She said the announced plan doesn’t really outline how Lolita’s move would comply with various laws.
“Right now, their plan is nothing more than a pipe dream,” Nicewicz said.
‘We do have to do what’s best for this individual animal’
Simpson agrees that Lolita never should have been taken from the Miami Seaquarium in the first place.
“Toki being taken from the wild in the ‘60s, I think we can all agree that that was not ideal,” Simpson said. “I mean, it’s not OK.”
Members of Washington’s Lummi Tribe, which inhabits the area around Tokitae’s home waters, also feel that way, but feel differently about moving the orca.
Some members were present at Thursday’s news conference and praised the move.
Simpson told Local 10 News that talking about the issue as it relates to the region’s native population is a “touchy subject,” Lolita’s health has to come first.
“I will say, with the utmost respect to the tribe, we do have to do what’s best for this individual animal,” she said. “ I know they think of them as their family. And I would want what’s best for my individual family member, not what is best for me. So I just hope that they can focus on that aspect of it, and do what’s best for her as an individual.”
Gonzalez, who called moving Lolita a “bad, bad idea,” promised to fight any plans to move her to a sea pen.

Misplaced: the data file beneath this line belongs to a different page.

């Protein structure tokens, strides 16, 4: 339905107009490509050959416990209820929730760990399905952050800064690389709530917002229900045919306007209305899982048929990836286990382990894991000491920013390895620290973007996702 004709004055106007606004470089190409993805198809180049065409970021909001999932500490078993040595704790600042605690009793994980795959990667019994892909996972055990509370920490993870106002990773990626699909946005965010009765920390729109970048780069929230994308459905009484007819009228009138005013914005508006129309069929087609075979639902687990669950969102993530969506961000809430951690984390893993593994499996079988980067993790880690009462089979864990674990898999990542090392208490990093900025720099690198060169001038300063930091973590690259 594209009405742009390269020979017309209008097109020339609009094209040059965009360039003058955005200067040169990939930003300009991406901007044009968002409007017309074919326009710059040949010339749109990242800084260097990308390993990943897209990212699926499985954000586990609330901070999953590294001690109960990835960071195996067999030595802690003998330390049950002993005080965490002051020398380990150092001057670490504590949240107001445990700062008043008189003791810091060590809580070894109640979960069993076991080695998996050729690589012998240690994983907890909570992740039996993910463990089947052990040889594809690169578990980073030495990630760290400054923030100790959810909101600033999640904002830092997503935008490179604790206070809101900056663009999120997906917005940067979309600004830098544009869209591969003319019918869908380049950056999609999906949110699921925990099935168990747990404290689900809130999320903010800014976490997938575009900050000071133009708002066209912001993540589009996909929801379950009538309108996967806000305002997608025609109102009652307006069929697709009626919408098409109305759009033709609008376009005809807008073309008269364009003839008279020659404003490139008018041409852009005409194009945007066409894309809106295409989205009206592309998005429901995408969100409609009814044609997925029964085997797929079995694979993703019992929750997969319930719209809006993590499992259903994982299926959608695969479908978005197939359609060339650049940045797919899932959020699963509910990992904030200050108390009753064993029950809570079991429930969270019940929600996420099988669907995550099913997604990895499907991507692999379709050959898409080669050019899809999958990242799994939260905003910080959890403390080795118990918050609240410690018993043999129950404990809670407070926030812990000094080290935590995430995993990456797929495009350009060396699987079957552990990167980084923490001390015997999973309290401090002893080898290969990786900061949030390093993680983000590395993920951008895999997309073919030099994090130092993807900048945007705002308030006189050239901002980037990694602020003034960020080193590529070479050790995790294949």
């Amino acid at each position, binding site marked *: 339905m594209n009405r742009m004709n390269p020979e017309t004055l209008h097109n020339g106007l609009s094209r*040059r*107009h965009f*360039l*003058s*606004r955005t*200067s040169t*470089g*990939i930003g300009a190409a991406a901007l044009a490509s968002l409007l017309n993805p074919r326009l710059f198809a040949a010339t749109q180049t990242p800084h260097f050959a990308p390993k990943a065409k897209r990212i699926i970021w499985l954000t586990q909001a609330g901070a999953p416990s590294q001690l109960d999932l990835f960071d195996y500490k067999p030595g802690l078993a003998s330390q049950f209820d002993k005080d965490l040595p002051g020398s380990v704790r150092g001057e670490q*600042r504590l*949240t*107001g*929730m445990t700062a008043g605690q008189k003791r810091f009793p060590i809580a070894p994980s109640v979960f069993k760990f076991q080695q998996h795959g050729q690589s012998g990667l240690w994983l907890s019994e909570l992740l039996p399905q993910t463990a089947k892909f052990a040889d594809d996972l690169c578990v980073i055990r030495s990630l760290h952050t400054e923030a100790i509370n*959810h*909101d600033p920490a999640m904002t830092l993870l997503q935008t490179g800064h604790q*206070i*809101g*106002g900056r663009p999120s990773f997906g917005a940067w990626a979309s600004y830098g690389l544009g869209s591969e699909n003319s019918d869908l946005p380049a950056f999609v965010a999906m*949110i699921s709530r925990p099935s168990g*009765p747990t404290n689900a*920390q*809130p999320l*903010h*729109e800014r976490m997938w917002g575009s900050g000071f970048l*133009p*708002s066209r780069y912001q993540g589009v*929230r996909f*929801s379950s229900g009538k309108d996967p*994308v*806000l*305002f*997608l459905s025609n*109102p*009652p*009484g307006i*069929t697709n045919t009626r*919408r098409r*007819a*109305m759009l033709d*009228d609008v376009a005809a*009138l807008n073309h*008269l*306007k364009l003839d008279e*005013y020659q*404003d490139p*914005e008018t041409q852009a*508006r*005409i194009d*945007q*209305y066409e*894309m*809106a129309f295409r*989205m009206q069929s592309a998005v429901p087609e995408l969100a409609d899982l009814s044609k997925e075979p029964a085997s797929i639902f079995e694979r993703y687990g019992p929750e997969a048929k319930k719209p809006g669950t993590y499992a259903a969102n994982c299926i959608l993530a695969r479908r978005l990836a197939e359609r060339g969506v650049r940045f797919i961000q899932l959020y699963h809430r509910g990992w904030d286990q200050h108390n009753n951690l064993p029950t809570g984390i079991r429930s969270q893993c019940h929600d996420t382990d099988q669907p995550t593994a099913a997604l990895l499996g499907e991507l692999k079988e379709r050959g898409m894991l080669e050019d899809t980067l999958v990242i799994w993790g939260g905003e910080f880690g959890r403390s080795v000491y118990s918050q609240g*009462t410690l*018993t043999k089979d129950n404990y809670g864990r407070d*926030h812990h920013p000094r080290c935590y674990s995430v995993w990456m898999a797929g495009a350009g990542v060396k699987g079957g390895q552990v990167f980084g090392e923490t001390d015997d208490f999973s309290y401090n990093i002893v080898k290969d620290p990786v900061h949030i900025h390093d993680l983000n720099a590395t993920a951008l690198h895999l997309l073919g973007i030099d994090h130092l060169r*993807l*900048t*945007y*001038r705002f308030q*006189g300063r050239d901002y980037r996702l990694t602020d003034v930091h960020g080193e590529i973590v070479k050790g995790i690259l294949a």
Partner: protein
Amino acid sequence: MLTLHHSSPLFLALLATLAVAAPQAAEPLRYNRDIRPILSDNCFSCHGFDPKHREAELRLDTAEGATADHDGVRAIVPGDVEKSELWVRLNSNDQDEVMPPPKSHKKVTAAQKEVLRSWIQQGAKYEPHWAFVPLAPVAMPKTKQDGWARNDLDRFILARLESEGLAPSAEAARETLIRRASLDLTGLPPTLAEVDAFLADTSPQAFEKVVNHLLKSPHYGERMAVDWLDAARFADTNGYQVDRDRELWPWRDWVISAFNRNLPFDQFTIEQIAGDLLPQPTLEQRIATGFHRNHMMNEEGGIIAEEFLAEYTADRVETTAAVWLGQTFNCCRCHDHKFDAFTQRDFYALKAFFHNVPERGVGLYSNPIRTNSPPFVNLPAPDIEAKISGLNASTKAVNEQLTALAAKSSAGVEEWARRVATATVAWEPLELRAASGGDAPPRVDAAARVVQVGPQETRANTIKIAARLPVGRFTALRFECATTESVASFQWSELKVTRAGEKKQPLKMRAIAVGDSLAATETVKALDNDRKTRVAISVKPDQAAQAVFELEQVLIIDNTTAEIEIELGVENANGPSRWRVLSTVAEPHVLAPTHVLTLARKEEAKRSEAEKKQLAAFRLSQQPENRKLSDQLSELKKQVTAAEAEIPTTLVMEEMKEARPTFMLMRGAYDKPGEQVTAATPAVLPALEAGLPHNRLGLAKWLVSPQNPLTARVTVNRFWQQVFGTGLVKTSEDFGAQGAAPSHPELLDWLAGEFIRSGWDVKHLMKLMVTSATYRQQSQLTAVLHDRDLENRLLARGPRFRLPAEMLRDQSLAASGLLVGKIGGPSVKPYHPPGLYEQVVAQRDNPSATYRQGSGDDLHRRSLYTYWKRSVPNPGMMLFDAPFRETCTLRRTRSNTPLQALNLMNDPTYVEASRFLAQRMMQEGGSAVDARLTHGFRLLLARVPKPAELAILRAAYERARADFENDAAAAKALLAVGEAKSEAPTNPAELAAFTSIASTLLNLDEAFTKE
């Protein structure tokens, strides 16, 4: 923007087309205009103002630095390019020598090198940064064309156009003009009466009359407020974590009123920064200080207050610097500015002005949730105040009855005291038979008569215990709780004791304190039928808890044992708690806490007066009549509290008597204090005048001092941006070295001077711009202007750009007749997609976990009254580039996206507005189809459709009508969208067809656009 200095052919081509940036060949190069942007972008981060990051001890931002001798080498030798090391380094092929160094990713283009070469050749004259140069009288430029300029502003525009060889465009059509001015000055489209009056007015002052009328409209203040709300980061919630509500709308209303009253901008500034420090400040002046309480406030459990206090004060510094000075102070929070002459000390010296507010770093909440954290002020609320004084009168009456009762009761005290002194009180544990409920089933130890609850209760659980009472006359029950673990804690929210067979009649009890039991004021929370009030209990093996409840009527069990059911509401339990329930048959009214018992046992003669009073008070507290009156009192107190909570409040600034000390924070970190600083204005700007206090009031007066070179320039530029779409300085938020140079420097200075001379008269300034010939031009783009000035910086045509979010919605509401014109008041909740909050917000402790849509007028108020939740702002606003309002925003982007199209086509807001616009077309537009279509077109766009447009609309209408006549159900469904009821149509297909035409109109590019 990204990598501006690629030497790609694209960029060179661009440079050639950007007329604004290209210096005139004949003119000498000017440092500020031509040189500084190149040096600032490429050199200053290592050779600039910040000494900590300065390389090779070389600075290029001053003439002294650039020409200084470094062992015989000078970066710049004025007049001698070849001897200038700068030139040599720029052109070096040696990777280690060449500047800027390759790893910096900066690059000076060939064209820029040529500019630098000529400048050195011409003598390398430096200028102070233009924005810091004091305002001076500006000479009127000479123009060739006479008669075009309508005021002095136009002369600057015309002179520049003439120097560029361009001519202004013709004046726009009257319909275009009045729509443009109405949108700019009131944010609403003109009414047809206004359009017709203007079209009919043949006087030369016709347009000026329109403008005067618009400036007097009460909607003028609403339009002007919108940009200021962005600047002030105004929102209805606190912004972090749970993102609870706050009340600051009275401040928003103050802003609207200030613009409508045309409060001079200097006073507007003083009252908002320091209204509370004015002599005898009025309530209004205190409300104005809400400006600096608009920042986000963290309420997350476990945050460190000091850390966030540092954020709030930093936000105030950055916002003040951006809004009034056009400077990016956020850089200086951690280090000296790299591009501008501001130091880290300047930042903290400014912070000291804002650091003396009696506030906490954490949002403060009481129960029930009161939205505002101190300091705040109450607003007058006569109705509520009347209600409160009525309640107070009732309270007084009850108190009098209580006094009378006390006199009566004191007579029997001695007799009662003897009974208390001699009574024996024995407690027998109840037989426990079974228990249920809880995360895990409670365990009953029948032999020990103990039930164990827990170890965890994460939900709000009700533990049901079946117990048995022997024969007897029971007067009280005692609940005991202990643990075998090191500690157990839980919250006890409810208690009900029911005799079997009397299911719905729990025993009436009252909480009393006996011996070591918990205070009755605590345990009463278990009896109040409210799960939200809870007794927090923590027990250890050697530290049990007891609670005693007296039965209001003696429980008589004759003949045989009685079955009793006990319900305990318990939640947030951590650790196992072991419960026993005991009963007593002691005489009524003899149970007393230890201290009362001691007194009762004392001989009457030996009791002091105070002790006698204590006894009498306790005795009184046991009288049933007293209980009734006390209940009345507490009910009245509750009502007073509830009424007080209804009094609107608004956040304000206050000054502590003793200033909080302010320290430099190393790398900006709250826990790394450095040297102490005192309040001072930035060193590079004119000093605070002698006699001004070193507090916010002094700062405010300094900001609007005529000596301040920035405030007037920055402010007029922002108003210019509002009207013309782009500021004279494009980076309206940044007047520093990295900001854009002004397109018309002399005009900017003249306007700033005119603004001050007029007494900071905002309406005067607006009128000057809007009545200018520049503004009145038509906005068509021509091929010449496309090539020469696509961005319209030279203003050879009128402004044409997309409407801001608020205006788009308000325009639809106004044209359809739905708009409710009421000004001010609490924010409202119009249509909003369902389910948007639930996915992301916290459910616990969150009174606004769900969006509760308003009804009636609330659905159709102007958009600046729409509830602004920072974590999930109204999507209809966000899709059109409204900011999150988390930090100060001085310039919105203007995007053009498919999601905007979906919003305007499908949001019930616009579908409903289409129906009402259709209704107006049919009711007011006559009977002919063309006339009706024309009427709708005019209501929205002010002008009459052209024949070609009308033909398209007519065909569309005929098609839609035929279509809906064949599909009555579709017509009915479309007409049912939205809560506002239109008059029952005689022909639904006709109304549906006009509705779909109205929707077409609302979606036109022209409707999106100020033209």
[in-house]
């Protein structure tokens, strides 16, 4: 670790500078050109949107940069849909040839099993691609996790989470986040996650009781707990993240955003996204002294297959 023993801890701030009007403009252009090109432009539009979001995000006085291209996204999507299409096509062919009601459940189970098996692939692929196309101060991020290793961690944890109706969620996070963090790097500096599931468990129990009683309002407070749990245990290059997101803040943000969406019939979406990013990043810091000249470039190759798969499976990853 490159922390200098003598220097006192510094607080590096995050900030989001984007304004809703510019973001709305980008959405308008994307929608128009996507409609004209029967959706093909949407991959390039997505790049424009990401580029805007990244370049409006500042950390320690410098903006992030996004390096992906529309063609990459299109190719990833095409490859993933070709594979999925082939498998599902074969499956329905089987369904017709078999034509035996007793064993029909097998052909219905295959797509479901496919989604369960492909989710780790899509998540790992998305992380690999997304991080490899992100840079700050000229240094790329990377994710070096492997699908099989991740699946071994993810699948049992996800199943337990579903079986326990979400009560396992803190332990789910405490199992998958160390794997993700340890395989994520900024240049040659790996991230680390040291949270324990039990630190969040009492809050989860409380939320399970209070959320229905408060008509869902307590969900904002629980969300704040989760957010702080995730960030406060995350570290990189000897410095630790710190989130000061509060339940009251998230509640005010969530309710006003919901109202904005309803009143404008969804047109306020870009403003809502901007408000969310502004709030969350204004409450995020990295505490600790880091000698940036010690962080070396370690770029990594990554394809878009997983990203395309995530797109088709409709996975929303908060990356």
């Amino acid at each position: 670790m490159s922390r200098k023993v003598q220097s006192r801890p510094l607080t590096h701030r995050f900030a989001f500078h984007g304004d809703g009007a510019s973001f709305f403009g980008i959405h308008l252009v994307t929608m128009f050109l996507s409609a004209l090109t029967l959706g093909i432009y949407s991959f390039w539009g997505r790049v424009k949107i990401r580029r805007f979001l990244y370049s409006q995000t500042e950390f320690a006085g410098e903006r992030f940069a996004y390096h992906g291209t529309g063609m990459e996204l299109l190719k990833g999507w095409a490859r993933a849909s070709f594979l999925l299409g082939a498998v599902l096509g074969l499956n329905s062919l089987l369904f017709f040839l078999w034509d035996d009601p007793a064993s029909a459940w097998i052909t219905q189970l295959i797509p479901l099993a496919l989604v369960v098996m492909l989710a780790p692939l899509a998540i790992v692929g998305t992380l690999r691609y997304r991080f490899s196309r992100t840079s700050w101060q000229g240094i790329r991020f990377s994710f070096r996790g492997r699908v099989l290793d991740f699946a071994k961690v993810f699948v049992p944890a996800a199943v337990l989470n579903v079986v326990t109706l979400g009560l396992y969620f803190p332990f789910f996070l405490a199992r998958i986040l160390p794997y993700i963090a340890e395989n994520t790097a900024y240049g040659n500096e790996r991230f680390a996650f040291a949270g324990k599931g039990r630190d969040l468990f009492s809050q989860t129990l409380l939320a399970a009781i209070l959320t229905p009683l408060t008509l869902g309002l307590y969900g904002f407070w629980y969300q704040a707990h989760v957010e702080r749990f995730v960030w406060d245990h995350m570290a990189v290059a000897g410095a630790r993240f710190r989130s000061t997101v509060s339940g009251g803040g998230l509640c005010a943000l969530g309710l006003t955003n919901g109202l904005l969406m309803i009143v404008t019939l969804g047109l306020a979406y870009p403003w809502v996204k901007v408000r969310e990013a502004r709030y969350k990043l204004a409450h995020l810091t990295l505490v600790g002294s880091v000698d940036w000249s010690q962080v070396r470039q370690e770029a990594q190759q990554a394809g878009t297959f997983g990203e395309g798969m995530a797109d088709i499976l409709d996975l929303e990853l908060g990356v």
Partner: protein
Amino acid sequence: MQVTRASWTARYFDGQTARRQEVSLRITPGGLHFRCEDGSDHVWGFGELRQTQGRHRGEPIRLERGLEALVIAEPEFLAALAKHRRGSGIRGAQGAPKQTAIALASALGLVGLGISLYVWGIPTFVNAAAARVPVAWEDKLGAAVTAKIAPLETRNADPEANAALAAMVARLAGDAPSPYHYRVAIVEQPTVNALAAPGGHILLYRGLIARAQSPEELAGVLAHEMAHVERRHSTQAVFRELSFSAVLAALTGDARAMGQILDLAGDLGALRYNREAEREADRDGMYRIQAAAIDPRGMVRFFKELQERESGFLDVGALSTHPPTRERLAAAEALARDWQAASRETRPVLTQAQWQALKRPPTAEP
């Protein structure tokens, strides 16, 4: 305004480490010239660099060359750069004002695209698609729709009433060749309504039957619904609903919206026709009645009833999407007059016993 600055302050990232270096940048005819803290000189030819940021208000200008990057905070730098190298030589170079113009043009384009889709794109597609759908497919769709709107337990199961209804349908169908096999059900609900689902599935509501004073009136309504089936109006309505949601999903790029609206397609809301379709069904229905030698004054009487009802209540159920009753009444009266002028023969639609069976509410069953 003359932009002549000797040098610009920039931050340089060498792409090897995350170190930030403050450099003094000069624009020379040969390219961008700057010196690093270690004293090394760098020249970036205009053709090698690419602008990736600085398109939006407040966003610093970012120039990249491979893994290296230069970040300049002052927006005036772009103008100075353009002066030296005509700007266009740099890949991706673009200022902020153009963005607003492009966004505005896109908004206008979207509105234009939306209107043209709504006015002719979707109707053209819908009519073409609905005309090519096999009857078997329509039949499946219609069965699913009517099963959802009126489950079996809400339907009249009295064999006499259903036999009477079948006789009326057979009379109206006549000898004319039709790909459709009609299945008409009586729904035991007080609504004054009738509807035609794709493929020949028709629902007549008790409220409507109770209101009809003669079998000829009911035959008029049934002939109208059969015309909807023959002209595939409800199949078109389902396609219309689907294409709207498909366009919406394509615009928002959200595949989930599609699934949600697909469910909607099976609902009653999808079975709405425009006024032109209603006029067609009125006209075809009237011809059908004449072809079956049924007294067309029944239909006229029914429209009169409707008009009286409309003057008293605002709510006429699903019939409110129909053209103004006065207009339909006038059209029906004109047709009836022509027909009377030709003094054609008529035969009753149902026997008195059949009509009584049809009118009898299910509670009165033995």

“I know myself along with all the other advocates for Toki are 100% onboard, we’re going to fight this,” Gonzalez said. “We’re going to keep her safe. We’re going to keep her healthy and hopefully not release her because that is not in (her) best interest at all.”
The Miami Seaquarium denied Local 10 News’ interview requests for this story on Friday.
“We won’t be asking our team to take care of interviews at this time, rather we are allowing them to maintain their focus on caring for Lolita,” a spokesperson said.
In a news release following Thursday’s news conference, the Seaquarium said it hopes relocation will be possible in the next 18 to 24 months.
“At present, Lolita receives round-the-clock care by a team of dedicated, highly-skilled, medical, nutrition and behavior experts. Her most recent independent health and welfare assessment completed by Dr. Tom Reidarson, DVM DACZM, Dr. James McBain, DVM retired and Dr. Stephanie Norman, DVM, Ph-D indicated that her energy, appetite and engagement in daily activities is becoming reasonably stable,” the news release said.
Q&A with longtime trainer
Local 10 News’ Christina Vazquez also engaged in a Q&A with Heather Keenan, a former trainer at Miami Seaquarium who said she spent 18 years as “Toki’s trainer, teacher, and friend.”
Here’s what she had to say.
Christina Vazquez: What are some of your concerns about Lolita’s welfare when it comes to a plan to potentially relocate her to a “sea pen”?